"There’s a Place for You, Too."

A Chat With Tony Foley, Editor of Callosum


Several years ago, a group of high school students was crossing the street in front of my stopped car. I recognized one, whom I knew to be an incredibly talented visual artist. I wondered how many other gifted and passionate young artists were in the group, or among clusters of students at this moment in communities around the world; I wondered whether their talent was encouraged or even known. The artist I recognized is now visual editor of Callosum Magazine, whose mission is to create a community for emerging artists in all genres. The publication is second to none for warmth, energy, and raw talent. I recently spoke with the founder of Callosum, poet, essayist, and visual artist Tony Foley.

Interview by Robert Fromberg


Tell us about Callosum Magazine’s purpose.

I believe there are three primary avenues when you’re starting out as an artist. In high school, you can take classes, hand in your work, and get an A on your poem or a B on your painting. Or you show your work to your parents, and they will love it or they will say, “Oh, honey, don’t waste your time.” Or you show your work to your friends, and they say, “That’s great.” The fourth avenue is one where developing artists have less access, which is outside encouragement from fellow artists.

At our heart, we’re trying to encourage people who don’t have encouragement elsewhere to pursue their art, people who feel excluded, perhaps by lack of experience or lack of confidence, from other art world events and magazines. We want to say, there’s a place for you, too.

How did you start?

In the summer of 2013, while I was back home from college, a group of friends and I put together a showcase of young artists working in different genres. We wanted to see how these different languages interacted: dance next to a poem in front of some paintings. The showcase took place over one weekend, and the response was overwhelming. We had 160 attendees and about 13 contributing artists. Everyone who came out—students, parents, and community members—wanted to know how they could get involved. When I graduated college, I took the experience of that showcase, along with the know-how I had developed working on literary magazines in college, to create a catch-all for expression from developing artists where we were providing a reflective surface so the community could see the talents of the people within it.

What kind of work are you looking for?

I usually ask artists to send anything they can and as much as they can. I like when we talk with a photographer who says, “How many pieces do you want?” and we say, “As much as you can send,” and the photographer sends 70 pieces. We get a larger breadth of where an artist’s mind is working. When you give artists the freedom to submit whatever they want and not necessarily their best, then they are not going to be looking for your approval; they are going to be looking for honest feedback on something that they might think is rough. We often get works in progress, and those would be rejected by any other literary magazine. I’d rather give freedom of expression to the artist and make our staff work harder. I want to make it as fun and inviting for the contributor as possible.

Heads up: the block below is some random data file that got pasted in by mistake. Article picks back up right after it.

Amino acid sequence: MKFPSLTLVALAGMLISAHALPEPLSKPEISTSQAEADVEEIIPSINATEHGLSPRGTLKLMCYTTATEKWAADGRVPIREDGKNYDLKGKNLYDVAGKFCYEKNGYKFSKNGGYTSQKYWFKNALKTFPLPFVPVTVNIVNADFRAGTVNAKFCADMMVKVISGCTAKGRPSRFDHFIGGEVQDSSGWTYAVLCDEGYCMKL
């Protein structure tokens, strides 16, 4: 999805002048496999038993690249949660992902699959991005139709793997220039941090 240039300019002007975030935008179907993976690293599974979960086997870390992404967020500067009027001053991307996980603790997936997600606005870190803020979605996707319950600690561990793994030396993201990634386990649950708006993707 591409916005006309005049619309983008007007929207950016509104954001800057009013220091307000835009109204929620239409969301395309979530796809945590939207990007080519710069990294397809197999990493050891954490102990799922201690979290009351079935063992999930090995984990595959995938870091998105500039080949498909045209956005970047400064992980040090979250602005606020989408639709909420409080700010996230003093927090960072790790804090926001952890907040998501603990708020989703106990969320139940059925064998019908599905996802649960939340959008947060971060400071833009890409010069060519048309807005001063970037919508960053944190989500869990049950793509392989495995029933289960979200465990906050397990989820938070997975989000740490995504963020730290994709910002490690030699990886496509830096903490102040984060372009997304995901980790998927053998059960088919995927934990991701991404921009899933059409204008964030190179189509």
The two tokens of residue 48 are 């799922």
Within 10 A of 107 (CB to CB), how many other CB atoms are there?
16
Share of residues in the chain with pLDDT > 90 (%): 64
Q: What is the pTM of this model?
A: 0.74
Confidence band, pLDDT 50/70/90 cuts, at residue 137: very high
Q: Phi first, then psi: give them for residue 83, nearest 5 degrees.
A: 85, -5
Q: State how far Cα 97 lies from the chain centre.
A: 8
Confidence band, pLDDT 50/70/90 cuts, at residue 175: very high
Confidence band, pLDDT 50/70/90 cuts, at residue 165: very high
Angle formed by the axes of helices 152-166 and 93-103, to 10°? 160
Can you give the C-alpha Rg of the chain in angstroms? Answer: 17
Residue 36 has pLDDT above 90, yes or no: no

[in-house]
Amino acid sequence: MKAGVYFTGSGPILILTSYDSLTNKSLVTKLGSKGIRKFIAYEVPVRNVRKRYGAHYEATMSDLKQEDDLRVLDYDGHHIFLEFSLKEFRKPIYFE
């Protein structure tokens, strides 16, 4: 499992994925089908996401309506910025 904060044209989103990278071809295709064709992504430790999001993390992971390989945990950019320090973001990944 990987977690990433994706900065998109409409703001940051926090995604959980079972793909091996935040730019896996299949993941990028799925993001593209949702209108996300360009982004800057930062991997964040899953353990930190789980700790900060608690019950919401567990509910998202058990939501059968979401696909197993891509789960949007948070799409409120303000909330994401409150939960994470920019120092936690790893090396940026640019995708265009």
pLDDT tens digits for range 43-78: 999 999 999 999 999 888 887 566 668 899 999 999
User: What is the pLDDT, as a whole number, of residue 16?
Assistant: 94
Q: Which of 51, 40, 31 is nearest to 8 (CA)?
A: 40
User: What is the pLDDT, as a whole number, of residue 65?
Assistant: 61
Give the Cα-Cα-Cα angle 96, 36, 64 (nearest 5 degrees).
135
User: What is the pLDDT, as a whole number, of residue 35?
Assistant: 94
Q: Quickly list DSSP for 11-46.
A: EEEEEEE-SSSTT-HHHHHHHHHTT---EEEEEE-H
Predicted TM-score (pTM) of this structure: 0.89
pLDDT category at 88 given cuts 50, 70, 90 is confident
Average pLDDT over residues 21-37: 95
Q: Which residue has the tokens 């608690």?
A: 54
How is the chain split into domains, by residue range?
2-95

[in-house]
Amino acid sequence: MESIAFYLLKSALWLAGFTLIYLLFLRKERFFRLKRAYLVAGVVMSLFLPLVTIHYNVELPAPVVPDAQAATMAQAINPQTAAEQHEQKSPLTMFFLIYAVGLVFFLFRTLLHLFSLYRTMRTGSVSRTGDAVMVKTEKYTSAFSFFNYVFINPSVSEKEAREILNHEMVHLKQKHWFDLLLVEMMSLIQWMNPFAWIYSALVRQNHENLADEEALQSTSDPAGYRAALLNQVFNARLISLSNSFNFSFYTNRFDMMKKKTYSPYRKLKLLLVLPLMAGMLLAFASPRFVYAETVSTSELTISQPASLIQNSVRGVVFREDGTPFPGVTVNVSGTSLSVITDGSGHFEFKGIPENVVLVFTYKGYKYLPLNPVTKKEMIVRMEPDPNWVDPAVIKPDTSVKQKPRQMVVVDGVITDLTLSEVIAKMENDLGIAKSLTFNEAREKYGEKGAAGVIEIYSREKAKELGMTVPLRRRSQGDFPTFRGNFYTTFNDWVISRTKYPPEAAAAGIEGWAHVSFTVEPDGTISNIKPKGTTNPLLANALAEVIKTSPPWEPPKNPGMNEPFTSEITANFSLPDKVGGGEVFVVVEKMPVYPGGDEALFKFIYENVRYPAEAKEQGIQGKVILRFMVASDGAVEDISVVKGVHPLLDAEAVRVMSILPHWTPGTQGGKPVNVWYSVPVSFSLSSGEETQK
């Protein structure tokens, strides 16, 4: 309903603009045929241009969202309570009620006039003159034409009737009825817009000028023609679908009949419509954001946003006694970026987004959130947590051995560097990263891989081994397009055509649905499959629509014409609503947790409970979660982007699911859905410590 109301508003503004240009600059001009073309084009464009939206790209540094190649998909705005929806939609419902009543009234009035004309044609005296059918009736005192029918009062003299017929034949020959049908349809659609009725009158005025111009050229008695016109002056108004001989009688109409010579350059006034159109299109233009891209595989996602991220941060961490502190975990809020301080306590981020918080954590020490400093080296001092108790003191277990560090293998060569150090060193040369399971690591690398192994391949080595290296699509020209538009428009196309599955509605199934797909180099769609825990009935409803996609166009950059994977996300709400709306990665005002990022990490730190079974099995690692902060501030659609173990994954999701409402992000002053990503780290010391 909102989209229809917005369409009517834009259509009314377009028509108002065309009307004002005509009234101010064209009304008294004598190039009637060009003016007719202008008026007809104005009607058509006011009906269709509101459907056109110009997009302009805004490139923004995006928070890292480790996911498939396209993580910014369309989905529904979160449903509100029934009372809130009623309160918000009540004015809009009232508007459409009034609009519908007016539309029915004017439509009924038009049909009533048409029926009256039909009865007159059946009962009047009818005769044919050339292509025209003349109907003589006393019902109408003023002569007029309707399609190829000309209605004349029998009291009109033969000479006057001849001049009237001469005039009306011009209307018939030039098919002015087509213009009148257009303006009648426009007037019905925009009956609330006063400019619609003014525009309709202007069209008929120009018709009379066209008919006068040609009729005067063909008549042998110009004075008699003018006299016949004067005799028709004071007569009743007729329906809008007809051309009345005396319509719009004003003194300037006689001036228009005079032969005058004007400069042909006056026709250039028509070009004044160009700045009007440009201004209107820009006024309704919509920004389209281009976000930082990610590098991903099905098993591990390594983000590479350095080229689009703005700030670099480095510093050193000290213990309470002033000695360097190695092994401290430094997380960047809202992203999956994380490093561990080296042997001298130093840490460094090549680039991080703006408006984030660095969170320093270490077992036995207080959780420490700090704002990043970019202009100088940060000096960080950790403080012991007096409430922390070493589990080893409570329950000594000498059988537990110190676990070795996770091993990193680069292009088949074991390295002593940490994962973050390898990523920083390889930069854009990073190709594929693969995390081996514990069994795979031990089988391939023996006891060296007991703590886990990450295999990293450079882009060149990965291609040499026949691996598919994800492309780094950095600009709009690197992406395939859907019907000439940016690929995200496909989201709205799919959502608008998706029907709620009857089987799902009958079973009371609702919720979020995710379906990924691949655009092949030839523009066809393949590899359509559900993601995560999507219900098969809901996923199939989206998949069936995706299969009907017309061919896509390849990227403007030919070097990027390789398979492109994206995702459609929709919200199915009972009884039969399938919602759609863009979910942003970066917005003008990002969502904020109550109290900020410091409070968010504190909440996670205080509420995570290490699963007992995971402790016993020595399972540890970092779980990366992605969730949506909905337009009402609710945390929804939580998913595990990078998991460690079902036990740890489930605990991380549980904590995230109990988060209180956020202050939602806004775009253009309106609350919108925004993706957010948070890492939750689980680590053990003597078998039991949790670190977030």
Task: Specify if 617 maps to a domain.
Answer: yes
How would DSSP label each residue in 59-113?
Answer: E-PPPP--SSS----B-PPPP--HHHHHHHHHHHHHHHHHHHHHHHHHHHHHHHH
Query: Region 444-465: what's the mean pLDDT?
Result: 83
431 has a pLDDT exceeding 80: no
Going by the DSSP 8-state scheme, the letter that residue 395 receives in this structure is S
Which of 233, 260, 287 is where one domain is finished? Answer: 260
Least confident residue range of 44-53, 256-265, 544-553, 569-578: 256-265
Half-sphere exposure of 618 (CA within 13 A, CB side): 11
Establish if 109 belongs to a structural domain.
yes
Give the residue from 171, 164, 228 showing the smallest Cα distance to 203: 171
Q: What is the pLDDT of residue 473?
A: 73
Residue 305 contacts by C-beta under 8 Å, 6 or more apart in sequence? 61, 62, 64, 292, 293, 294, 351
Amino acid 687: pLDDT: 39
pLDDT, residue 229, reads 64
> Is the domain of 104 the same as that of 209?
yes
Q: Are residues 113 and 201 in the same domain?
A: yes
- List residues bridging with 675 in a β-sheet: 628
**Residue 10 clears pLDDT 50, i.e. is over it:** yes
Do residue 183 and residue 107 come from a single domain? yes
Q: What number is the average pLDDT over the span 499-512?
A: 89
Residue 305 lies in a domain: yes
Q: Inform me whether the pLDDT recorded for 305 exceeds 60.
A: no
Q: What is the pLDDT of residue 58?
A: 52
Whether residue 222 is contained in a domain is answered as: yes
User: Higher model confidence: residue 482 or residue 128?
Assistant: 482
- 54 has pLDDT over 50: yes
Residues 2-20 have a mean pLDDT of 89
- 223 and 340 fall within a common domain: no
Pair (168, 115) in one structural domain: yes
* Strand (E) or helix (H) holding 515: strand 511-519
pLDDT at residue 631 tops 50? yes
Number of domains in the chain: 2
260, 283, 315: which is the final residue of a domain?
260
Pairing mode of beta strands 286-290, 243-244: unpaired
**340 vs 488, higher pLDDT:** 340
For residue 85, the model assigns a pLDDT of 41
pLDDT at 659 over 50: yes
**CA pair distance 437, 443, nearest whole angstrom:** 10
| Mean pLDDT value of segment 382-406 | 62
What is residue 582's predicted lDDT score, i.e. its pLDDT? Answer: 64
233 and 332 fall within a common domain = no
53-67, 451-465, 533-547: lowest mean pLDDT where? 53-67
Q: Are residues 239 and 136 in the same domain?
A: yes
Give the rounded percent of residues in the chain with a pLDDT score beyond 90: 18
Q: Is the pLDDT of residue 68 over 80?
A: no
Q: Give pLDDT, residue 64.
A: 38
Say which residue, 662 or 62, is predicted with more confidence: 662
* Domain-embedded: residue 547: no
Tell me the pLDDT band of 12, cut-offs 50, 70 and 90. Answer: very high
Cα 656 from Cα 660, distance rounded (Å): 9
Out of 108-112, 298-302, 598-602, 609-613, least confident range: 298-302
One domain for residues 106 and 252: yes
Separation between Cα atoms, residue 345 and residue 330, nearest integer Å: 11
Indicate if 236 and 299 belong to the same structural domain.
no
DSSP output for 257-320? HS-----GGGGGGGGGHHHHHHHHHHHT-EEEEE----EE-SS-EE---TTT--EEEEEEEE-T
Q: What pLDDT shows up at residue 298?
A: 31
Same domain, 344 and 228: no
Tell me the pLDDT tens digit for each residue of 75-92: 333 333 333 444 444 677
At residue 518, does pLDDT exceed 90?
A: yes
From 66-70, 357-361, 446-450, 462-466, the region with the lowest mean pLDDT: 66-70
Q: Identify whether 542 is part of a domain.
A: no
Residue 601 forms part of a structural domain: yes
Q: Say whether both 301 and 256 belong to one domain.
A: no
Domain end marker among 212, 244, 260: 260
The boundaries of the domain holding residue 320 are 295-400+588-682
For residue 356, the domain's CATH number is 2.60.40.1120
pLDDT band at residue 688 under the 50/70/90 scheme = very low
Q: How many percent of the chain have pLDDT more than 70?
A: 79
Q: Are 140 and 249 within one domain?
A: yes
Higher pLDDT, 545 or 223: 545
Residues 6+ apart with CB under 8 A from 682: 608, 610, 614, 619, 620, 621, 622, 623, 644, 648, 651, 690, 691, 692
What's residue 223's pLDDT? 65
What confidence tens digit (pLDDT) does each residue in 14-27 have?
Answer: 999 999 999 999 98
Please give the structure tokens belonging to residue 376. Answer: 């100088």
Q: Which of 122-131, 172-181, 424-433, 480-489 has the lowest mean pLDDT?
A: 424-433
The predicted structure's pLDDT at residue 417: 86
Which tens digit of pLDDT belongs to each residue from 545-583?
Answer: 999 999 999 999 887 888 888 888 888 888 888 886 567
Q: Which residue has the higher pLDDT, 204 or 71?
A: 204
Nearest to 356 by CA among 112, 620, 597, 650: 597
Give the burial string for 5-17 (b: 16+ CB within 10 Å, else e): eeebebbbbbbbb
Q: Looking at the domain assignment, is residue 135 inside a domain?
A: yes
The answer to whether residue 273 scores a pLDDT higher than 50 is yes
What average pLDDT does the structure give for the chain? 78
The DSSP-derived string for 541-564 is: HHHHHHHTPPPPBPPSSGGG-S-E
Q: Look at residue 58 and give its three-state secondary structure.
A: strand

Tell us about your name.

Corpus callosum is a band of neuro fibers that enables conversation between the two hemispheres of the brain. For a long time I have walked around with the word “callosum” in my mind—the idea of connecting binaries and enabling conversation and having something gained by the conversation.

Tell us about the form your magazine takes.

I used to call Callosum an online, in-person magazine. The broadness of the term “magazine” allows us to do a bunch of things in a bunch of genres. We publish online, but we can also have a workshop for poems, a dance performance, a meditation class. We continue to have showcases, which takes the idea of eclectic magazine contents and presents it in person. In June, we’ll publish the magazine in print form.

One thing that distinguishes you from most traditional literary magazines is the inclusion of music.

If you look at how youth culture approaches the arts, music is one art form that is defined by the hustle. Most student musicians, especially hip-hop musicians, are working continuously. They have dedication to their dream and belief that the dedication will pay off. I don’t see that kind of optimism in young writers or young painters. Opening the door to music has been the easiest part of the magazine because musicians are ready to make connections and do shows. It takes a little more persuasion to get young poets to participate.

What do you want to change about the experience of emerging artists?

The value system that we teach kids related to the arts is antithetical to getting kids to make art. Especially when you start grading poems or rejecting them, or continuing the myth that arts won’t pay the bills or it’s a waste going to art school. Any of these things are posed against the construction of art. The traditional accept/reject model of literary magazines doesn’t help. I don't think that rejecting someone's piece is a good incentive for them to keep trying. Callosum is presenting a new value for emerging artists, which is, how can we talk about it, how can share it, how can we make it more part of our lives and our friendships, and how can we grow as artists.


Robert Fromberg has fiction in Indiana Review, Bellingham Review, Tennessee Quarterly, and many other magazines, as well as a short book called Blue Skies from Floating Island Publications. He edits a website called Imperfect Fiction.